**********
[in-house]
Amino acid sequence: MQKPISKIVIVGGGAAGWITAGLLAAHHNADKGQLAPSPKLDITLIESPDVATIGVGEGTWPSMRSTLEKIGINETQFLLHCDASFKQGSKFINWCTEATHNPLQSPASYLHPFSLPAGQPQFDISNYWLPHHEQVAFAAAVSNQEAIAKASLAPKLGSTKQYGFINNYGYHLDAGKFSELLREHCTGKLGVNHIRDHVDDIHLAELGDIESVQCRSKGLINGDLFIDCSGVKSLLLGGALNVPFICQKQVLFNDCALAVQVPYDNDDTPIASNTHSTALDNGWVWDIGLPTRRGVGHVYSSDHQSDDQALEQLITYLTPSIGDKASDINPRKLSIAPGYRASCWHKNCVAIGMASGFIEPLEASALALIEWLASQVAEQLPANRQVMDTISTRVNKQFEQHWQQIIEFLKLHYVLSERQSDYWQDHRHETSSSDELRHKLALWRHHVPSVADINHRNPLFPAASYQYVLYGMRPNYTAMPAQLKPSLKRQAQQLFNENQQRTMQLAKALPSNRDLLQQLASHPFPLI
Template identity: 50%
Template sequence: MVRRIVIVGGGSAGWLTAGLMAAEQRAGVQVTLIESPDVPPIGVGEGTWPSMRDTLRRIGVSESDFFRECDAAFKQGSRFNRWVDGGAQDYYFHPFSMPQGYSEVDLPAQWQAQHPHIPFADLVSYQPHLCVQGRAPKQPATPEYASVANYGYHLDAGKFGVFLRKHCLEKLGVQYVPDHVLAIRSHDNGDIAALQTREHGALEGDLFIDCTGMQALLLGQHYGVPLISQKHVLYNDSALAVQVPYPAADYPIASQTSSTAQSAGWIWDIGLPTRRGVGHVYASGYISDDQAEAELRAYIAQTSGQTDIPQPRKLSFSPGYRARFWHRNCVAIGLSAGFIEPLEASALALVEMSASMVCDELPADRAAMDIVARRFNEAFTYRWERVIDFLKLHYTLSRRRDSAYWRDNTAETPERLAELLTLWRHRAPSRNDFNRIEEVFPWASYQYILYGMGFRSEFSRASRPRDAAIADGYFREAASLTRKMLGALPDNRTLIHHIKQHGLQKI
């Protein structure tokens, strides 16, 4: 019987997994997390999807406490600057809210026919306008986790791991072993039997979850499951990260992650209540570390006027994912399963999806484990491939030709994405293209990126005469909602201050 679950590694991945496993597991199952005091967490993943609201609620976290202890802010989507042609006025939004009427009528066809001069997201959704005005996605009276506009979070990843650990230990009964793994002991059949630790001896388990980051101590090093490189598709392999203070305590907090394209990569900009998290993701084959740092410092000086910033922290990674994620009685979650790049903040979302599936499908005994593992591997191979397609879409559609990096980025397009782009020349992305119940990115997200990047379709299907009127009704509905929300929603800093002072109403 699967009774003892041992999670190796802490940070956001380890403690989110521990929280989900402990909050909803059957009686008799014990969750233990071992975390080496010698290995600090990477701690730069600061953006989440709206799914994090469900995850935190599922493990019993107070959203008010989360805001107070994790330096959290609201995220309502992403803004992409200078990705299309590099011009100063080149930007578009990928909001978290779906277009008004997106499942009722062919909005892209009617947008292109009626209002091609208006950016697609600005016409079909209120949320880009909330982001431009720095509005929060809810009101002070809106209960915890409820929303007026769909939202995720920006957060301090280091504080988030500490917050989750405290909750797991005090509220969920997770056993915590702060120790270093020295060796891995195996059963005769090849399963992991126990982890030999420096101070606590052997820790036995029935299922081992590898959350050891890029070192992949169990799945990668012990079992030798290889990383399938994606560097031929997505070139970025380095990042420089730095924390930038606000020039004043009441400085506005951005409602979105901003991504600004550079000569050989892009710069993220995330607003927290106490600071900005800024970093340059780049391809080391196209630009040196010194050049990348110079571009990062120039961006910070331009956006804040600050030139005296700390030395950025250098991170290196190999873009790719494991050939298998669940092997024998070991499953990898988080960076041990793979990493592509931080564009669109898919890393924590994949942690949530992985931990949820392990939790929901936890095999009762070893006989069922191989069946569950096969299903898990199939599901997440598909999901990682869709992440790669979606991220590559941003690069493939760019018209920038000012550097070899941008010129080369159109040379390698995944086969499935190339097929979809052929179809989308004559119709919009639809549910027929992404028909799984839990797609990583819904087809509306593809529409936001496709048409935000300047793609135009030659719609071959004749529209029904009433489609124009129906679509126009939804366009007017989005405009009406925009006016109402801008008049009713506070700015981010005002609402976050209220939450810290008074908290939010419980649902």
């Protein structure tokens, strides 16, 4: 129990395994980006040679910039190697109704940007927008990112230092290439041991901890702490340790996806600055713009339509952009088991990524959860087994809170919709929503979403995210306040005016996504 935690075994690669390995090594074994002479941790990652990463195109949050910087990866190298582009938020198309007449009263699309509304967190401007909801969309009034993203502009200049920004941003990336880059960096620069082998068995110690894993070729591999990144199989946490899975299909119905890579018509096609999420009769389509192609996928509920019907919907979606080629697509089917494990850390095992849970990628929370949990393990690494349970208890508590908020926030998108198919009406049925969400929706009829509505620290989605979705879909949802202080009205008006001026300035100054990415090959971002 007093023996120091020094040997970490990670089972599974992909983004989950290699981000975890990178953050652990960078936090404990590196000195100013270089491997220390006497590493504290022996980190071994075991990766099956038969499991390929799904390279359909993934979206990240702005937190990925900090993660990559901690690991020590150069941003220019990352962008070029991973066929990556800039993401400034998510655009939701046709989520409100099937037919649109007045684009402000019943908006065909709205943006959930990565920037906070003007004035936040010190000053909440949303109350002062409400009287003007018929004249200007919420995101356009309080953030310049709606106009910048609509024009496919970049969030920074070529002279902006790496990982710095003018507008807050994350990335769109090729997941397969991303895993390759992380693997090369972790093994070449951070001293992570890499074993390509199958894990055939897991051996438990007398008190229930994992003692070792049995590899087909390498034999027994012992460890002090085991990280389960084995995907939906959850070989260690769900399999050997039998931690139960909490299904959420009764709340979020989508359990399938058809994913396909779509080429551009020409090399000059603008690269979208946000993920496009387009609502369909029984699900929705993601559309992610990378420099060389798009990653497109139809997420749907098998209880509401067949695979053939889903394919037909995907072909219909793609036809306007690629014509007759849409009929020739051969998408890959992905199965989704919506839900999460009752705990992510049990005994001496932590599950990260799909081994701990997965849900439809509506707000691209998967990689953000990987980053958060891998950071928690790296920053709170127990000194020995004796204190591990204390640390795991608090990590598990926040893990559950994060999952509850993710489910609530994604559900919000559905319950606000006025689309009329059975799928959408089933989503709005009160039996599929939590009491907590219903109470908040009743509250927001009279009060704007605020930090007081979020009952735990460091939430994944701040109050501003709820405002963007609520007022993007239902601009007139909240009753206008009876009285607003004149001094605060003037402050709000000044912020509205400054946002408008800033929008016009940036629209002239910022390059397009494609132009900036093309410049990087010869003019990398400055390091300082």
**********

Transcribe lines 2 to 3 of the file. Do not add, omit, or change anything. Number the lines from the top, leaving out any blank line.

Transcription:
Amino acid sequence: MQKPISKIVIVGGGAAGWITAGLLAAHHNADKGQLAPSPKLDITLIESPDVATIGVGEGTWPSMRSTLEKIGINETQFLLHCDASFKQGSKFINWCTEATHNPLQSPASYLHPFSLPAGQPQFDISNYWLPHHEQVAFAAAVSNQEAIAKASLAPKLGSTKQYGFINNYGYHLDAGKFSELLREHCTGKLGVNHIRDHVDDIHLAELGDIESVQCRSKGLINGDLFIDCSGVKSLLLGGALNVPFICQKQVLFNDCALAVQVPYDNDDTPIASNTHSTALDNGWVWDIGLPTRRGVGHVYSSDHQSDDQALEQLITYLTPSIGDKASDINPRKLSIAPGYRASCWHKNCVAIGMASGFIEPLEASALALIEWLASQVAEQLPANRQVMDTISTRVNKQFEQHWQQIIEFLKLHYVLSERQSDYWQDHRHETSSSDELRHKLALWRHHVPSVADINHRNPLFPAASYQYVLYGMRPNYTAMPAQLKPSLKRQAQQLFNENQQRTMQLAKALPSNRDLLQQLASHPFPLI
Template identity: 50%